EU, European powers pan Israel over East Jerusalem eviction and construction

France, Germany, Italy and Spain say proposed Jewish neighborhood near Har Homa threatens viability of future Palestinian state

Lazar Berman is The Times of Israel's diplomatic reporter

A person walks on the ruins of a Palestinian house demolished by Israeli authorities in Jerusalem's Sheikh Jarrah neighborhood on January 19, 2022 (Ahmed Gharabli/AFP)
A person walks on the ruins of a Palestinian house demolished by Israeli authorities in Jerusalem's Sheikh Jarrah neighborhood on January 19, 2022 (Ahmed Gharabli/AFP)

The European Union and four major European countries released statements late Wednesday condemning Israel over new housing plans in Jerusalem and the eviction of a Palestinian family in Sheikh Jarrah in the east of the capital.

A statement from the EU spokesperson’s office said that evictions of Palestinian families “poses the risk of fueling tensions on the ground and contributes to the worrying trend of increasing numbers of demolitions and evictions in the West Bank, including in East Jerusalem.”

The EU also urged Israel not to proceed with a  plan to build a new, 1,465-unit neighborhood in the capital, half of which would be in the contested area over the 1948 ceasefire line.

“Settlement expansion, demolitions and evictions are illegal under international law,” read the statement. “They exacerbate tensions, threaten the viability of the two-state solution and diminish prospects for a lasting peace.”

The foreign ministries of France, Germany, Spain, and Italy put out a separate statement, saying the planned construction, between the neighborhoods of Givat Hamatos and Har Homa, “directly threatens the viability of a future Palestinian state.”

“Israeli settlements are in clear violation of international law and stand in the way of a just, lasting and comprehensive peace between Israelis and Palestinians,” it continued.

Map showing the proposed Lower Aqueduct Jerusalem neighborhood, half of which would lie in East Jerusalem, making it controversial (Credit: Peace Now)

The European countries also expressed deep concern over the Sheikh Jarrah evictions, and urged Israel to permanently halt evictions and demolitions.

Before dawn on Wednesday, Israeli police evicted the Salihiya family and demolished their home in Sheikh Jarrah, arresting 18 Palestinians and Israeli activists at the scene.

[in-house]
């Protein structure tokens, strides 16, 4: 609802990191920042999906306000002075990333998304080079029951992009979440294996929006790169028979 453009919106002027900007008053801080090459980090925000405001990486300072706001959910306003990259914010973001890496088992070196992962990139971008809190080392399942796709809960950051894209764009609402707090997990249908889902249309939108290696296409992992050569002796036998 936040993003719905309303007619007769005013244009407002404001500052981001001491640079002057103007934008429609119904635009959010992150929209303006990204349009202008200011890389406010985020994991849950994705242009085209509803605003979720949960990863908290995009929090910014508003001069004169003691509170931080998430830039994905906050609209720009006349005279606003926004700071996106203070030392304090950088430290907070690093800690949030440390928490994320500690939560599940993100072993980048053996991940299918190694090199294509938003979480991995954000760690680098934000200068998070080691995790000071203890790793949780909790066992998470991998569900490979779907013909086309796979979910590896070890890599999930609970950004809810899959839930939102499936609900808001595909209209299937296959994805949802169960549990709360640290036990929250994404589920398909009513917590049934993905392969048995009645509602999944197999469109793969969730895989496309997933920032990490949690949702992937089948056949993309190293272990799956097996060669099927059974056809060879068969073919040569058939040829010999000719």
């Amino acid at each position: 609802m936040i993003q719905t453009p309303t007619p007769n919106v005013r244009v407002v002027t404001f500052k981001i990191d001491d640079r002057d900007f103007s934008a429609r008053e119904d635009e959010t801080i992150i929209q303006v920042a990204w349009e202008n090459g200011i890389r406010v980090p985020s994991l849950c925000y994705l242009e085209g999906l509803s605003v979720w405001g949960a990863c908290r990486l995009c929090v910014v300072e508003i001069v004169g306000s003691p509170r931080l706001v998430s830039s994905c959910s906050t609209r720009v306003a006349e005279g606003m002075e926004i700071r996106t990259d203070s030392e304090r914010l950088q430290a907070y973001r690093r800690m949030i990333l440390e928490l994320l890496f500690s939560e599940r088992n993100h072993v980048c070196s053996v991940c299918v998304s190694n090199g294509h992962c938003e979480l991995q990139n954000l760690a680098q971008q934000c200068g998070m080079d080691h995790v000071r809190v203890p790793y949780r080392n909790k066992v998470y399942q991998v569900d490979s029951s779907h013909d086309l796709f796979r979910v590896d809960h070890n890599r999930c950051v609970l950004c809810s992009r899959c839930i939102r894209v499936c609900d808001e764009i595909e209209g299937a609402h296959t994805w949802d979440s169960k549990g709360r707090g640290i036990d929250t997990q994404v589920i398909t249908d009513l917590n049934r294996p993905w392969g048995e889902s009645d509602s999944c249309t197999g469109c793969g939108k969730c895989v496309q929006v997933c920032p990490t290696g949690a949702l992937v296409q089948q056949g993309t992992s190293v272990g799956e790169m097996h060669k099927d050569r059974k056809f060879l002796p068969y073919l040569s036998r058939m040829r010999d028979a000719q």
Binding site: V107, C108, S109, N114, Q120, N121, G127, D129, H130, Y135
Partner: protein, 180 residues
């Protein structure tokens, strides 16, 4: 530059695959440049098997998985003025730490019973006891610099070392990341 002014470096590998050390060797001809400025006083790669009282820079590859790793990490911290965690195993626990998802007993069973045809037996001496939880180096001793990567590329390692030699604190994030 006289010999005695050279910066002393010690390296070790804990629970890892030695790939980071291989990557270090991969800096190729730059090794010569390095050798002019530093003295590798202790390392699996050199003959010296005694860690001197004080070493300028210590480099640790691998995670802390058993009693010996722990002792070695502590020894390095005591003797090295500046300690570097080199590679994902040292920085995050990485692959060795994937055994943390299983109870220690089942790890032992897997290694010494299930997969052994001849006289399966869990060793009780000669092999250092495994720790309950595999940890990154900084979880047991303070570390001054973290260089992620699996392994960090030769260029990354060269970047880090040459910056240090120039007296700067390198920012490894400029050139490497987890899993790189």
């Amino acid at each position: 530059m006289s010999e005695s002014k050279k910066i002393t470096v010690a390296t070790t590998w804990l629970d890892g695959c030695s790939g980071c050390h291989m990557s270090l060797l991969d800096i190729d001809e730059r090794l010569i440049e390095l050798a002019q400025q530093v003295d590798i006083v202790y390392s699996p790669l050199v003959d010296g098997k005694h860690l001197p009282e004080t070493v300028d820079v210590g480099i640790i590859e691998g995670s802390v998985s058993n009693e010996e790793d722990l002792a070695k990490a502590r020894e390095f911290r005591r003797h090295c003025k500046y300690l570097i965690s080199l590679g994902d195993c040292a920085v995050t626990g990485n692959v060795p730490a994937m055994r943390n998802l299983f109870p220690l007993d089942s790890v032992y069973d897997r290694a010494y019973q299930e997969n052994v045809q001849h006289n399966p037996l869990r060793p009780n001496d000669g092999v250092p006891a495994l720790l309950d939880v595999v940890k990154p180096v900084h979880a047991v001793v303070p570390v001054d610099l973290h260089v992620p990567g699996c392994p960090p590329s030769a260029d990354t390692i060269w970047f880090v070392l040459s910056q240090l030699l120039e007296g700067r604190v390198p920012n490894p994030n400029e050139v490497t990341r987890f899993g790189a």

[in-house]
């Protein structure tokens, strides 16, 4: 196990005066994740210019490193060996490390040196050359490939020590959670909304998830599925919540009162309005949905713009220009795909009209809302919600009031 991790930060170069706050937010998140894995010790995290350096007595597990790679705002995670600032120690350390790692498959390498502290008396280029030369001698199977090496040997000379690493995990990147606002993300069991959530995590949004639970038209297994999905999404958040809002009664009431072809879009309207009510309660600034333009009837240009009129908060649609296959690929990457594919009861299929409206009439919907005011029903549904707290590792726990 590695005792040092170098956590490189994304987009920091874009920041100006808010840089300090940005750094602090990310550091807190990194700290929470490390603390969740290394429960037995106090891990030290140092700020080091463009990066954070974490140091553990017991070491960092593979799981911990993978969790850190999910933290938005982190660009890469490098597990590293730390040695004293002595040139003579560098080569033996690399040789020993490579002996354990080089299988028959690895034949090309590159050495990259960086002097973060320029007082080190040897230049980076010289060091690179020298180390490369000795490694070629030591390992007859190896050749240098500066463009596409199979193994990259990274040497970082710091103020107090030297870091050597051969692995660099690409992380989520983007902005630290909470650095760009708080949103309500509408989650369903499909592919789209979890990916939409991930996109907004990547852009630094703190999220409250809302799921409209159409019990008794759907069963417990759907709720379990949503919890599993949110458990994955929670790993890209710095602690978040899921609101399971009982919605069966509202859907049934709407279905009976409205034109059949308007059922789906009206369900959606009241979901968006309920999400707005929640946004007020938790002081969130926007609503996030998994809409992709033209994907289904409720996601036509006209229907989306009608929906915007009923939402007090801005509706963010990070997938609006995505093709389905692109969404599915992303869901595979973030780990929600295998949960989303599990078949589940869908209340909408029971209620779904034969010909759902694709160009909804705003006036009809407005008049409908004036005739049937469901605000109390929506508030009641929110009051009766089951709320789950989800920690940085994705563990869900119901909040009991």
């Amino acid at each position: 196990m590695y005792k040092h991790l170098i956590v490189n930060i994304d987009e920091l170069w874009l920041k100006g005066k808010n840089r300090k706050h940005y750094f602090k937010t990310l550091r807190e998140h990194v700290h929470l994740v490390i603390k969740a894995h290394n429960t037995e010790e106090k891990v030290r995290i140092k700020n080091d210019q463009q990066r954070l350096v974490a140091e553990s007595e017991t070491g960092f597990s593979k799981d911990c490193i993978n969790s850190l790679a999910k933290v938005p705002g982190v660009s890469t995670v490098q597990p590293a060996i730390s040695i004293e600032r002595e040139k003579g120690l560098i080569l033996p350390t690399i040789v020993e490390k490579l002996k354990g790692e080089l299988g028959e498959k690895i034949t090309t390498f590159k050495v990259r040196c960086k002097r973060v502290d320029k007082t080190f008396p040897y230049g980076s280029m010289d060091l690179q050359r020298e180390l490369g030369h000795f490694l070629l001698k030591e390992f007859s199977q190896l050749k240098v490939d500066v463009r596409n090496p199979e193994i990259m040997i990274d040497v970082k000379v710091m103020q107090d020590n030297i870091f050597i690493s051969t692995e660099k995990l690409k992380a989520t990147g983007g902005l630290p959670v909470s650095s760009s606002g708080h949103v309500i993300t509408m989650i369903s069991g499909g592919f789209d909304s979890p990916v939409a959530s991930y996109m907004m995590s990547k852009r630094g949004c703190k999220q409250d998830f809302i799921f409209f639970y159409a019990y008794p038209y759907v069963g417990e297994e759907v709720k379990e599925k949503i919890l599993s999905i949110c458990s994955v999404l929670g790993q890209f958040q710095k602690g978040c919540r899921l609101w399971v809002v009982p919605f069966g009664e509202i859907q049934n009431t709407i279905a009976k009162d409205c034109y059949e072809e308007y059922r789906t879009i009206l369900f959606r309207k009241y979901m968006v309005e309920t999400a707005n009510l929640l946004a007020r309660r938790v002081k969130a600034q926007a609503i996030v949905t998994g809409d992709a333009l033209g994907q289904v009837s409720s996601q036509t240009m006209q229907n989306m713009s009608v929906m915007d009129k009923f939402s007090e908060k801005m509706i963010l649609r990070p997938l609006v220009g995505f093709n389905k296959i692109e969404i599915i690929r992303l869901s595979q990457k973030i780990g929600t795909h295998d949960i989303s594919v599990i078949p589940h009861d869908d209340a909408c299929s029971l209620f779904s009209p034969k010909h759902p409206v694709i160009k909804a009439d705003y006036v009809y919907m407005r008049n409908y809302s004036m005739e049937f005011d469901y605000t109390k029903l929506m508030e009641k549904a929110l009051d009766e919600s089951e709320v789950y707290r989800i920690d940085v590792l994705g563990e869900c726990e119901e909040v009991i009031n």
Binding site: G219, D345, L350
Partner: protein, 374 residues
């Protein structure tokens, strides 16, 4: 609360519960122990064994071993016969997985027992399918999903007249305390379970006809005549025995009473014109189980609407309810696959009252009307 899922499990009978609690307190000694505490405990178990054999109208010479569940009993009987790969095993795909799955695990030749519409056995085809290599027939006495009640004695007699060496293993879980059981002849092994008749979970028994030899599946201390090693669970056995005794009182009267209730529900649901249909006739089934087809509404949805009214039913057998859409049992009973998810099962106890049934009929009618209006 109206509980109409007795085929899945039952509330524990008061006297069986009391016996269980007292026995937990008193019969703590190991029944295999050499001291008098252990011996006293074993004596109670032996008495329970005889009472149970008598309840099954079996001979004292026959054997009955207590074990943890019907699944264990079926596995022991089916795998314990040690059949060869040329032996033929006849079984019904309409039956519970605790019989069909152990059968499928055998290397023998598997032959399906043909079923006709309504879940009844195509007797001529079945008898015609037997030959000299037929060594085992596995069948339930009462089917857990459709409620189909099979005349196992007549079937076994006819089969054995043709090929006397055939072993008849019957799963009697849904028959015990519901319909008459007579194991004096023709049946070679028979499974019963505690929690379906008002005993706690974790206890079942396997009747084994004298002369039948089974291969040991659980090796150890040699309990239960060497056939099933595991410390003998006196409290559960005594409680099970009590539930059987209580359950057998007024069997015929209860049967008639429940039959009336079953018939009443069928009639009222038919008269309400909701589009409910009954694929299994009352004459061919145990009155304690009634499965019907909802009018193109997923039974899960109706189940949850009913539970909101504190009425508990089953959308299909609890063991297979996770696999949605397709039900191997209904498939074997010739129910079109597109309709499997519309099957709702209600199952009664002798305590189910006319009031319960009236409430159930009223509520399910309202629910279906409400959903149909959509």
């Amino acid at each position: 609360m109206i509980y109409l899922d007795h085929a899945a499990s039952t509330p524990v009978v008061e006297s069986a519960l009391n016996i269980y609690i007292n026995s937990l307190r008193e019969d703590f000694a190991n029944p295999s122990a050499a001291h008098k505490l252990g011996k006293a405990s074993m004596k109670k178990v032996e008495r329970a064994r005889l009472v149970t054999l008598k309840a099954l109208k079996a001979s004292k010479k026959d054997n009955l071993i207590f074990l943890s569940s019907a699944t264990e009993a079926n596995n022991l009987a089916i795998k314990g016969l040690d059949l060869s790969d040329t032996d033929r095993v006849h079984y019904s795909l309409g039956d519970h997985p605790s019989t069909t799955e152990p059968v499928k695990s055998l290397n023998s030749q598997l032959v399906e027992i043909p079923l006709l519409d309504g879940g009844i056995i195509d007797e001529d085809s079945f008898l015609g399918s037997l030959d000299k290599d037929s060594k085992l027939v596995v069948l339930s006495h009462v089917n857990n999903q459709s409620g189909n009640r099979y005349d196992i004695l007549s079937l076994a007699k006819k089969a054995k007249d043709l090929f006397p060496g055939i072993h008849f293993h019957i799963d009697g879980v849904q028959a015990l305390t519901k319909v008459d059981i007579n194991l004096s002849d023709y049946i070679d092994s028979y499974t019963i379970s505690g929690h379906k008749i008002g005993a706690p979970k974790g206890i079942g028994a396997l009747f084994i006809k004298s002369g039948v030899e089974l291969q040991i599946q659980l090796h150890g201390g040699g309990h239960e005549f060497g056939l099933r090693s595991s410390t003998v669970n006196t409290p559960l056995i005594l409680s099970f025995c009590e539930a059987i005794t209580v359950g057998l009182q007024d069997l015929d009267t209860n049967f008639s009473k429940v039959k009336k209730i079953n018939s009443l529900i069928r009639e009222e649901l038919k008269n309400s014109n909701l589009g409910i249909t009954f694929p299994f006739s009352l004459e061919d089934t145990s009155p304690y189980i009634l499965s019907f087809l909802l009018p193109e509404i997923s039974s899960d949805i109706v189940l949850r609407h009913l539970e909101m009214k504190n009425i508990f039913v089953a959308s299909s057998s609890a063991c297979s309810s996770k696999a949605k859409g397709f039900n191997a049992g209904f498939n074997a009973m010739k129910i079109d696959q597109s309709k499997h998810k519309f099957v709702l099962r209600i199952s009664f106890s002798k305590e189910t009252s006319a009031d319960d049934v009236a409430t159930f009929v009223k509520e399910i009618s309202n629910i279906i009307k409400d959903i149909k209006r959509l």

Jerusalem city hall said it plans to build a special needs school for the neighborhood’s Palestinian residents on the plot, as well as six kindergartens and other public facilities.

It was the first eviction in Sheikh Jarrah since 2017. Eviction battles in the neighborhood in May were a major factor in tensions that touched off a brief conflict between Israel and Hamas terrorists, who threatened violence should Palestinians be removed from their homes.

The US envoy to the United Nations also expressed concern over the evictions on Wednesday during a monthly Security Council meeting on the Israeli-Palestinian conflict.

“We do this for any structure that is built illegally. It happens in West Jerusalem, and it happens in East Jerusalem,” said Jerusalem Deputy Mayor Fleur Hassan-Nahoum.

European Union foreign affairs chief Josep Borrell pauses while speaking to the press, in New York, September 20, 2021. (Brittainy Newman/AP)

According to Hassan-Nahoum, the home — owned by the Salihya family — was built illegally in the 1990s. The Salihiyas contest this, saying they have lived there since the 1950s on a plot purchased from private Arab landlords.

In 2017, the Jerusalem municipality announced that it would expropriate the property to build a school, sparking a legal battle with the Salihiya family. Last year, a Jerusalem court ruled in favor of the city, although the family has continued to contest the eviction.

Sheikh Jarrah, parts of which were historically known in Hebrew as Shimon Hatzadik or Nahalat Shimon, has become one of Jerusalem’s most tense neighborhoods. Palestinians live alongside a small cluster of right-wing Jewish nationalists who moved in following complex legal property cases.

According to the left-wing Ir Amim nonprofit, some 300 Palestinians are currently under threat of eviction in Sheikh Jarrah, mostly in private cases filed by right-wing Jewish groups.

Aaron Boxerman contributed to this report.

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